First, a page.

BERLIN (Reuters) - A 92-year old German man will go on trial in October charged with helping to murder 5,230 prisoners, many of them Jewish, at a Nazi death camp in World War Two, prosecutors said on Thursday.
In what will be one of the last cases against Nazi-era crimes, Bruno D. is accused of being an SS guard in the Stutthof concentration camp near Gdansk, in what is today Poland, and of being involved in killings between August 1944 and April 1945.
The suspect has made a partial confession, said a spokeswoman for the Hamburg prosecutors, but gave no further details. Under German rules for court cases, the suspect’s full name is not published.
Die Welt daily reported he had acknowledged his presence at the camp and said he knew that people were pushed into gas chambers and that he had seen bodies being burned in the crematorium. However, he argued this did not amount to guilt.
“What use would it have been if I had left, they would have found someone else?” Die Welt newspaper quoted him as saying.
About 65,000 people, including many Jews, were murdered or died at Stutthof, according to the museum’s website. Prosecutors argue that many were shot in the back of the head or gassed with the lethal Zyklon B gas.
“The prosecutors accuse him, as a cog in the murder machine who was aware of the circumstances, of having been able to contribute to carrying out the orders to kill,” said Hamburg prosecutors in April when they charged him.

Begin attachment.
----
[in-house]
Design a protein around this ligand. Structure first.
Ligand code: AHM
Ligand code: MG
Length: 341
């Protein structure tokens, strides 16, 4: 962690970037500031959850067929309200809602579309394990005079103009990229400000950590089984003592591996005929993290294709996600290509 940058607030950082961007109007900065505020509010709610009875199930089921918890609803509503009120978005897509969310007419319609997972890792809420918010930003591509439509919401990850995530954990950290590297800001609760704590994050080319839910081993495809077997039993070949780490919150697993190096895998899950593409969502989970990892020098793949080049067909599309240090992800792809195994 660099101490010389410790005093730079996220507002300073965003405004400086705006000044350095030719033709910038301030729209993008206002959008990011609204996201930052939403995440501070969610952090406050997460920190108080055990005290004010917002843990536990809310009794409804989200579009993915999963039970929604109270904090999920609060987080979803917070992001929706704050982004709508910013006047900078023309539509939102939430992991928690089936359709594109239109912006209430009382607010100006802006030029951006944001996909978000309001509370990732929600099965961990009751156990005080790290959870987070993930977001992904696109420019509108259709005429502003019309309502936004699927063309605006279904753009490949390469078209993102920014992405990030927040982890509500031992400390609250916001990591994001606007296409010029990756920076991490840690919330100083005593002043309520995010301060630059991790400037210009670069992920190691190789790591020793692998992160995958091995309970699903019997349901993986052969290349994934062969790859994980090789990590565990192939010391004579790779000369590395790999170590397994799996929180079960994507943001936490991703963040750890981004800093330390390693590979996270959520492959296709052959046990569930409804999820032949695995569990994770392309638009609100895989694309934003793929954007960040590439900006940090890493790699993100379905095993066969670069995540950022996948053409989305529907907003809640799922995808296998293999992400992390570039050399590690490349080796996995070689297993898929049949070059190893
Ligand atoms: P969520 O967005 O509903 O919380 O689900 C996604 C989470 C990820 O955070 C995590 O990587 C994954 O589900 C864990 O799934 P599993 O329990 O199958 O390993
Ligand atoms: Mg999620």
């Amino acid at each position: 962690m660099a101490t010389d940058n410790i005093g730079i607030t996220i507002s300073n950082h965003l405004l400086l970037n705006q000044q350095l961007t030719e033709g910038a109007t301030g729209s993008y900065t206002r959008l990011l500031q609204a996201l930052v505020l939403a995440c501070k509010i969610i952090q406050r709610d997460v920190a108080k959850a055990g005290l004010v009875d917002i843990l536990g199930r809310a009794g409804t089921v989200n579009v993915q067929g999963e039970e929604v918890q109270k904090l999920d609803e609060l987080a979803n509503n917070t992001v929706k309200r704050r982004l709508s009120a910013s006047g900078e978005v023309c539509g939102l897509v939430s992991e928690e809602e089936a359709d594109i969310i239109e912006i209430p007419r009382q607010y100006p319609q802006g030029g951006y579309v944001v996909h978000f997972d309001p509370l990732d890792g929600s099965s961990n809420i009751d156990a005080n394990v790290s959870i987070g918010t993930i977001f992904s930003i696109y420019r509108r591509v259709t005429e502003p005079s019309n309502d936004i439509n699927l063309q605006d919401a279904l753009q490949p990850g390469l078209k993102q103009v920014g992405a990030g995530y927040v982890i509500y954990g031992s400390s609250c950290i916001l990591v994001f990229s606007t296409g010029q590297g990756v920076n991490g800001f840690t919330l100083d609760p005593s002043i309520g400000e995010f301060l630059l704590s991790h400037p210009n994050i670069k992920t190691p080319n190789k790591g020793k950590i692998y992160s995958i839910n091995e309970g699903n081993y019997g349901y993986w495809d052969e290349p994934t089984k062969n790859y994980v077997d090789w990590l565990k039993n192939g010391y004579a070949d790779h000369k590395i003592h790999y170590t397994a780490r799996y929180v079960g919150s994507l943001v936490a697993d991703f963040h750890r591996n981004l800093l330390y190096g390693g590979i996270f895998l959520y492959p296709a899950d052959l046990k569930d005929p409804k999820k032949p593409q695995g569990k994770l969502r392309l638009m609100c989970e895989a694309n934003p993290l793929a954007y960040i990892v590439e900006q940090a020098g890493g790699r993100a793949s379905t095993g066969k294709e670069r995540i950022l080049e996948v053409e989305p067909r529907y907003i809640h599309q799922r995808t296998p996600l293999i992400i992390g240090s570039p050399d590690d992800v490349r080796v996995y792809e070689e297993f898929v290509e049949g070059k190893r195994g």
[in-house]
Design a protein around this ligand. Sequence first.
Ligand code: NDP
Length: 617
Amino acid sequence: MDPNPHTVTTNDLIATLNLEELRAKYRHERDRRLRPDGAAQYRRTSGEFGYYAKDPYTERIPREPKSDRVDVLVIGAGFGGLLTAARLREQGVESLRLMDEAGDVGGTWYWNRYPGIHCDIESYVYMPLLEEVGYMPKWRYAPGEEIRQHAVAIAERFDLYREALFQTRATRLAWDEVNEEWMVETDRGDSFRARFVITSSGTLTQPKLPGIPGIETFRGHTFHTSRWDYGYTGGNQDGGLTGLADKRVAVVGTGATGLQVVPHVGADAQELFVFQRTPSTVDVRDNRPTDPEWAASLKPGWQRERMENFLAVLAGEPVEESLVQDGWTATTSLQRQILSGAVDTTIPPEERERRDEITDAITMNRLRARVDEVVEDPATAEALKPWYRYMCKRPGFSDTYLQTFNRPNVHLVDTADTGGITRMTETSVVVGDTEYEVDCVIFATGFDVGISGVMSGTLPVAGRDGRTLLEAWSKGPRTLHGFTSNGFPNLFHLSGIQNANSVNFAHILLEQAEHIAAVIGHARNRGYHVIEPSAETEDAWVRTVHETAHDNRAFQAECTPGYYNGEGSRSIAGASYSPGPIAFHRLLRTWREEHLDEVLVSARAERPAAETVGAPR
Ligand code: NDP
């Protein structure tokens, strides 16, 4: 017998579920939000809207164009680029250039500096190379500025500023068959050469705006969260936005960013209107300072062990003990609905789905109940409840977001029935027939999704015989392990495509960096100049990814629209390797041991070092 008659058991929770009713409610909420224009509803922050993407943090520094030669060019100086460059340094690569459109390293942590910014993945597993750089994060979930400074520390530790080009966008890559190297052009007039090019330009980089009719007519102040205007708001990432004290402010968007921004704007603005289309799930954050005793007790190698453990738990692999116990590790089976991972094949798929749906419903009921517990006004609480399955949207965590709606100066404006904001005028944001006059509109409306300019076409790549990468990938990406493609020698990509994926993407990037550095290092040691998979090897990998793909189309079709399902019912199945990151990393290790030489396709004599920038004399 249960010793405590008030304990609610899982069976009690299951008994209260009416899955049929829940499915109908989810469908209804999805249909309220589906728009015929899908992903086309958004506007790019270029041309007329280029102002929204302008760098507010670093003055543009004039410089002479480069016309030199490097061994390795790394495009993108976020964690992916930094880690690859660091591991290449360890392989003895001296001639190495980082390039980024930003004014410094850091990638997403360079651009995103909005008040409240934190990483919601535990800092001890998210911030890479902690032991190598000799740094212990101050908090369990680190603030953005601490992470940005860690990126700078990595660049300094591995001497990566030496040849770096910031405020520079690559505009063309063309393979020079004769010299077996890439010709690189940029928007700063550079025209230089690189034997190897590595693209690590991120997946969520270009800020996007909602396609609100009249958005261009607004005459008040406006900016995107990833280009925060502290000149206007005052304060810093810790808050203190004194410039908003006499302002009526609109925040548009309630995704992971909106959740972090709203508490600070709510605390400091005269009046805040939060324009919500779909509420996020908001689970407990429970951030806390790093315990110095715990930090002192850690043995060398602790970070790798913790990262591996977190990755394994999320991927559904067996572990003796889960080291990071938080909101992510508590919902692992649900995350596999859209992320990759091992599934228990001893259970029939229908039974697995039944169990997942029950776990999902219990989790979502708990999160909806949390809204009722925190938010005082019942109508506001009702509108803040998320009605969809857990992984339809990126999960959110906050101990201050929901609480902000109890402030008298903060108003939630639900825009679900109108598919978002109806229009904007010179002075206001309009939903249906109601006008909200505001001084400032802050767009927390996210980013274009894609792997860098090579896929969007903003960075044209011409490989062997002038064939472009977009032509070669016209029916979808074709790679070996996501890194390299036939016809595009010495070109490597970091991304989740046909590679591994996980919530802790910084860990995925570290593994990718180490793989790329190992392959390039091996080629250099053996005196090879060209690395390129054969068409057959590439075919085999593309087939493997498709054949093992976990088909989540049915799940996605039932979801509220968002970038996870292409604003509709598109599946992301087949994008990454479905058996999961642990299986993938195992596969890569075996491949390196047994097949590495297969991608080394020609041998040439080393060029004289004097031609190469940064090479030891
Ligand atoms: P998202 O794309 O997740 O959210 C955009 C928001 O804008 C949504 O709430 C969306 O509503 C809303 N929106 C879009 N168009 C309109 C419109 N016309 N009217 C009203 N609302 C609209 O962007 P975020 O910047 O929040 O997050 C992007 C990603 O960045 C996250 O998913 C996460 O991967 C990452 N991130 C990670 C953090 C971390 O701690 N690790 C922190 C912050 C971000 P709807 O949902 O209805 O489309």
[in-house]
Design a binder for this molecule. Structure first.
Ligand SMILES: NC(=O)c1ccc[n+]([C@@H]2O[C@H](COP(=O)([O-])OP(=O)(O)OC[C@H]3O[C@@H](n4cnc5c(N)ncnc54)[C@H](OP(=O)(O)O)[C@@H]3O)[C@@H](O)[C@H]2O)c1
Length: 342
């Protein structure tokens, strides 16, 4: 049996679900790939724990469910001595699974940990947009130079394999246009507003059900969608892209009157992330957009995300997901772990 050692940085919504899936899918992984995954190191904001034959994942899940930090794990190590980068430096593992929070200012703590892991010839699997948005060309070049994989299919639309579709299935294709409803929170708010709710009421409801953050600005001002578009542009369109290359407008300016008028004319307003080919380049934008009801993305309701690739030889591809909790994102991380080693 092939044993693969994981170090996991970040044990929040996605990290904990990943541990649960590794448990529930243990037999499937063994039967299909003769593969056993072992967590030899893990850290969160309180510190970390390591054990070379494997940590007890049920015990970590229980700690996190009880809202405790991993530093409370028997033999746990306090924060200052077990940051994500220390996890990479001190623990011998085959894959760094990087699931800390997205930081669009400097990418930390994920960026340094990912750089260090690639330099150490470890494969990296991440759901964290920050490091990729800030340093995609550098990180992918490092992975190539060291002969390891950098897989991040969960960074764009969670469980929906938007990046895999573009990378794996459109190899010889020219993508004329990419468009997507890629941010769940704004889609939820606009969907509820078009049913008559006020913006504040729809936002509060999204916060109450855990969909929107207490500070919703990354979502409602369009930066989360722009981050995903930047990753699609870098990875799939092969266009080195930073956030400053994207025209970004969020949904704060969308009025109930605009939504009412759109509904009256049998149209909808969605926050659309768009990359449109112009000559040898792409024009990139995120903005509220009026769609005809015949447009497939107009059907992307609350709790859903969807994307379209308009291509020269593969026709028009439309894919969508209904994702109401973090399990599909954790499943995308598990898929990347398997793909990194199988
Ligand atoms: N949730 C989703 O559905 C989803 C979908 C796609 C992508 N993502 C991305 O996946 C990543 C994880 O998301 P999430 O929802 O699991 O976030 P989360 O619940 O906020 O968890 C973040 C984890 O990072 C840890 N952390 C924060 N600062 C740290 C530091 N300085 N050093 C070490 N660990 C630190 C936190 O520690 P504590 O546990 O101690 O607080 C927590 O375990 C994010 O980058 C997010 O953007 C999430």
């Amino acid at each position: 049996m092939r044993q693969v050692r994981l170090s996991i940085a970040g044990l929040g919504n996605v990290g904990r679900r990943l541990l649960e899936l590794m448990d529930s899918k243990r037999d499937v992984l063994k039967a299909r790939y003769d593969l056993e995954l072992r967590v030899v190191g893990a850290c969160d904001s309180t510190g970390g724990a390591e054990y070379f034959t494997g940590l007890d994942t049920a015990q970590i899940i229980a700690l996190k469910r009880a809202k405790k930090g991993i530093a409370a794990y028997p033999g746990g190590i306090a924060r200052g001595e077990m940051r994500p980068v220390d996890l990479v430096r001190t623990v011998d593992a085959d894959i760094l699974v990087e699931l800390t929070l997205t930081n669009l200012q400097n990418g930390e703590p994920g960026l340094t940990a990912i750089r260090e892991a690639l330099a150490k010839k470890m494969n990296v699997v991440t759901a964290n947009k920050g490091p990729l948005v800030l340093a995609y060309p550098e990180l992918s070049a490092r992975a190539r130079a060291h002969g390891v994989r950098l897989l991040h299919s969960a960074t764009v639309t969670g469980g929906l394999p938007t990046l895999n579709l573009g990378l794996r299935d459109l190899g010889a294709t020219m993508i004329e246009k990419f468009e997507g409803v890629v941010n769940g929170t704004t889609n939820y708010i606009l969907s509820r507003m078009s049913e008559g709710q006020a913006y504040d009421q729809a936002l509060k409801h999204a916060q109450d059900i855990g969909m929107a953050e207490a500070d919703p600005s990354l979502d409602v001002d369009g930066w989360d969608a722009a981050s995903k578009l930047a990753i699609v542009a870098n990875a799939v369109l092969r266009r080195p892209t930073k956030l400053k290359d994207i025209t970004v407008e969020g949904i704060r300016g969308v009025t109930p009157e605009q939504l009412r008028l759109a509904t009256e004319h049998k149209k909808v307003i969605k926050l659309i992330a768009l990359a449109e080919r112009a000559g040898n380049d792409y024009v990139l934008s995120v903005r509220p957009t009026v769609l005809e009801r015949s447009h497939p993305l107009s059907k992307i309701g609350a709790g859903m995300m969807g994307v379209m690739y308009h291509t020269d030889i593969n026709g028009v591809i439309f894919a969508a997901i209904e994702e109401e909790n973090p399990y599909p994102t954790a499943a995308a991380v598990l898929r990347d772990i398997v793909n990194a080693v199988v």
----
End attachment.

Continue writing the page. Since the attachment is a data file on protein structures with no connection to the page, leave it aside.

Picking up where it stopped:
Because he was only 17 or 18 years old at the time of the crimes, he will be tried in a youth court which has different sentencing guidelines. However, if found guilty, he could still face time behind bars.
His frail health means court sessions will be limited to around two to three hours per day and so far, sessions have been scheduled through to December.
Even though the number of suspects is dwindling due to old age, prosecutors are still trying to bring individuals to justice. A landmark conviction in 2011 opened the way to more prosecutions as it was the first time that working in a camp alone was sufficient grounds for culpability, with no proof of a specific crime.
Some 21 Nazi leaders, including Hermann Goering and Rudolf Hess, were put in the dock at an international military tribunal in 1945-1946 known as the Nuremburg trials, but the West German justice system did little to bring further prosecutions.
Reporting by Madeline Chambers; Editing by Stephen Powell